He adds that he is “looking to encourage galleries that promote practice rather than selling objects,” with work done by artists who have something important to say, “rather than … just seeking approval or catering to [the market].”
Even before taking the helm of Art Basel in Hong Kong, Renfrew had set a standard that other fairs in Asia have since sought to emulate. Asia’s oldest art fair, Art Taipei, for example, overhauled its entry requirements in 2011, the net effect of which was that far fewer local galleries were able to participate, marginalizing several local galleries and the artists they represent.
Richard Chang (張學孔), the convener of last year’s Art Taipei, told me that considerable bad blood was spilled as the changes were being implemented three years ago, with some galleries opting out of the Taiwan Art Gallery Association, which runs Art Taipei, because they felt that their needs weren’t being properly served.
It is a complaint that has been launched against Renfrew’s fair. A Guardian report last year quoted some Hong Kong art world types who were concerned that, with only 26 Hong Kong galleries participating in the fair’s first year, with many of those such as White Cube and Gagosian foreign imports, the territory’s art scene had become a “post-colonial venture for importing western art in to Asia.”
Renfrew remains unapologetic, saying that international art galleries make a “significant investment and contribution to the local art scene in terms of providing opportunities to have great shows.”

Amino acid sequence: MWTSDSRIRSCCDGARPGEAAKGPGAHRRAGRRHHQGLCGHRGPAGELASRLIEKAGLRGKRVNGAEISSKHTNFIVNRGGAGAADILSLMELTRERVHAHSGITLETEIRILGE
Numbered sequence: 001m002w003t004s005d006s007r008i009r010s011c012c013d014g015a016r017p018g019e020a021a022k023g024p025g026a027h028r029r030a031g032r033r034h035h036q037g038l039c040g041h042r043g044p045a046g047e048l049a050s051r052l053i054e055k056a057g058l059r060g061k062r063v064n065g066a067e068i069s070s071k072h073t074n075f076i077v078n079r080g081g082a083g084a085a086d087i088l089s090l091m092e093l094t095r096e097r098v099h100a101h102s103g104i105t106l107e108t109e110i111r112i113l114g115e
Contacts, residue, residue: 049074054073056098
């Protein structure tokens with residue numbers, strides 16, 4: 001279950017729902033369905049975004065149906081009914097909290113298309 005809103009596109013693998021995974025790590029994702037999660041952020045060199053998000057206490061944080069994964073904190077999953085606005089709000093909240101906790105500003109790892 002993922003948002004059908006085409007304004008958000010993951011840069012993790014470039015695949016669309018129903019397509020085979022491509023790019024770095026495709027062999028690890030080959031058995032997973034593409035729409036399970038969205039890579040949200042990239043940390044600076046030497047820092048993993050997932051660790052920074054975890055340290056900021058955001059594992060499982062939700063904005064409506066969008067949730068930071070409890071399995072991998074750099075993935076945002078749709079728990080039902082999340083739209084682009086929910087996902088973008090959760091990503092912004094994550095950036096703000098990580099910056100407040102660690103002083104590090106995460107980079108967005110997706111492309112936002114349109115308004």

“It’s about quality,” he says. “It doesn’t matter where the artists are from, whether they are local or international. It just has to be work of a certain caliber, and I think it’s just a circumstance of life that we live in a competitive environment and that not everyone can be an artist.”
Renfrew partially attributes the success of the fair’s first edition to its location. In addition to favorable tax laws and an international financial elite, he calls Hong Kong “neutral territory.”
“We … are not subject to the same kind of local political pressure as some other art fairs that are very much rooted in their own country.”
Perhaps not, but what of China’s increased muscle flexing over the former British territory and the possible censorship this might entail? I raise this with Renfrew in the context of a 2011 article in ArtAsiaPacific titled Art and Censorship in Singapore: Catch 22?, which suggested that Art Stage Singapore was being hobbled by the island state’s censors. Is Renfrew concerned that the same might happen in Hong Kong?
“Freedom of expression is protected under the Basic Law of Hong Kong and the Hong Kong constitution … you can show whatever you like,” he says with a certain degree of impatience. When my body language suggested this was a pretty lame response, he added: “We are not going to self-censor.”
This may be somewhat disingenuous because the very laws that are said to protect freedom of speech, were used last week to stop the construction of a privately-run museum dedicated to the violent crackdown on China’s Tiananmen Square pro-democracy protests.
Renfrew, however, remains bullish and foresees no threats of censorship to contemporary art.
“We want to be a global art fair for Asia on Asia’s doorstep and on Asia’s terms. Nothing would make me happier than for people to come to the fair in Hong Kong, discover great Taiwanese artists and strong galleries in Taiwan and come and visit Taiwan and fall in love with artists in Taiwan,” he said.